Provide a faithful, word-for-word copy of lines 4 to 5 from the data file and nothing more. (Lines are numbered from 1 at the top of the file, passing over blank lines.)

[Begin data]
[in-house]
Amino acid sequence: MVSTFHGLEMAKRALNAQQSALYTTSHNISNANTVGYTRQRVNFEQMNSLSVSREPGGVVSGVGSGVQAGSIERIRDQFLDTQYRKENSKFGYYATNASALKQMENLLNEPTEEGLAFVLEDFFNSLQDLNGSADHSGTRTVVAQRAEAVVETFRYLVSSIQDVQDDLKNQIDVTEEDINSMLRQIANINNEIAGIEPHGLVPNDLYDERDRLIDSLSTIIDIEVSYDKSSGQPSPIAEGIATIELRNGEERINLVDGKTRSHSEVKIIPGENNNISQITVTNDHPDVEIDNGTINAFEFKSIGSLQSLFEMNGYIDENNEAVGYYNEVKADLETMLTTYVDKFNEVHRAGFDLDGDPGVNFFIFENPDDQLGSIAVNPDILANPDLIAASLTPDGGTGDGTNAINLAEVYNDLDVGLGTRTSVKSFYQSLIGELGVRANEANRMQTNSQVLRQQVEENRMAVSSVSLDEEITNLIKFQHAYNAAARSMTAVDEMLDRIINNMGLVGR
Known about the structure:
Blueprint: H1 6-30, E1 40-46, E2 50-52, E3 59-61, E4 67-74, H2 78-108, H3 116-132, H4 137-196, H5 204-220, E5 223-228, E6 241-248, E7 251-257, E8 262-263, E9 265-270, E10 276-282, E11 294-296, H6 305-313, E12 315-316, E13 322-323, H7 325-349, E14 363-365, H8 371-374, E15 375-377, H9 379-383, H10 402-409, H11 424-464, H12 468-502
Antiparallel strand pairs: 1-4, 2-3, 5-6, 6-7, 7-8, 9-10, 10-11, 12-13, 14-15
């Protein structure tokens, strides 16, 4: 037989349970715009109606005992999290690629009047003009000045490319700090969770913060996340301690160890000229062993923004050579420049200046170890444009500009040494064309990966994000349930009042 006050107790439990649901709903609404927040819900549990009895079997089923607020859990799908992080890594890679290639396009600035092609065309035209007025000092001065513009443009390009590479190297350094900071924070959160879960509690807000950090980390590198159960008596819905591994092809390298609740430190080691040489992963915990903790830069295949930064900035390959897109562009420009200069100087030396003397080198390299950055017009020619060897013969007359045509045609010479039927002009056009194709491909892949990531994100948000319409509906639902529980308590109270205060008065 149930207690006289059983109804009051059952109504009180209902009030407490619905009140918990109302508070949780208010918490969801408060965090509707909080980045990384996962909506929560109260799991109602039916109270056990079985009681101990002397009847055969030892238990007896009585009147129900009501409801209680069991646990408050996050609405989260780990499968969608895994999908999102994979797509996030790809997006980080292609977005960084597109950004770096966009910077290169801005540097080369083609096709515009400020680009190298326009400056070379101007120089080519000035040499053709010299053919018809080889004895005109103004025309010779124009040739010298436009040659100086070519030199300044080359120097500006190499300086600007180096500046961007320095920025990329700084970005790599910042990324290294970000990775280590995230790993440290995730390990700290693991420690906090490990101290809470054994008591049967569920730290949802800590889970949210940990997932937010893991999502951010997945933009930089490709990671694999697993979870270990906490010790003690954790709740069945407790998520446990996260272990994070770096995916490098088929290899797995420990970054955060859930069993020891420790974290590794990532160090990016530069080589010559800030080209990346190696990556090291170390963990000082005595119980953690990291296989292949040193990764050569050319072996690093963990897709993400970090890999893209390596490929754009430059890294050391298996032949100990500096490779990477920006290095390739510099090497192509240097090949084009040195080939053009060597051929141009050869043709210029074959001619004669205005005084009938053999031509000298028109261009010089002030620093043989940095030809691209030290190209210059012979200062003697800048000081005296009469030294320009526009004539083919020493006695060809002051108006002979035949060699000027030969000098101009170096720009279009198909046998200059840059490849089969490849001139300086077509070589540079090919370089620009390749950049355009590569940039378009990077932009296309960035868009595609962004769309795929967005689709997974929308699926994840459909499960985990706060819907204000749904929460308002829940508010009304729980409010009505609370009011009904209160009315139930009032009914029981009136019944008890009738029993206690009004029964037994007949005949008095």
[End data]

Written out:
Blueprint: H1 6-30, E1 40-46, E2 50-52, E3 59-61, E4 67-74, H2 78-108, H3 116-132, H4 137-196, H5 204-220, E5 223-228, E6 241-248, E7 251-257, E8 262-263, E9 265-270, E10 276-282, E11 294-296, H6 305-313, E12 315-316, E13 322-323, H7 325-349, E14 363-365, H8 371-374, E15 375-377, H9 379-383, H10 402-409, H11 424-464, H12 468-502
Antiparallel strand pairs: 1-4, 2-3, 5-6, 6-7, 7-8, 9-10, 10-11, 12-13, 14-15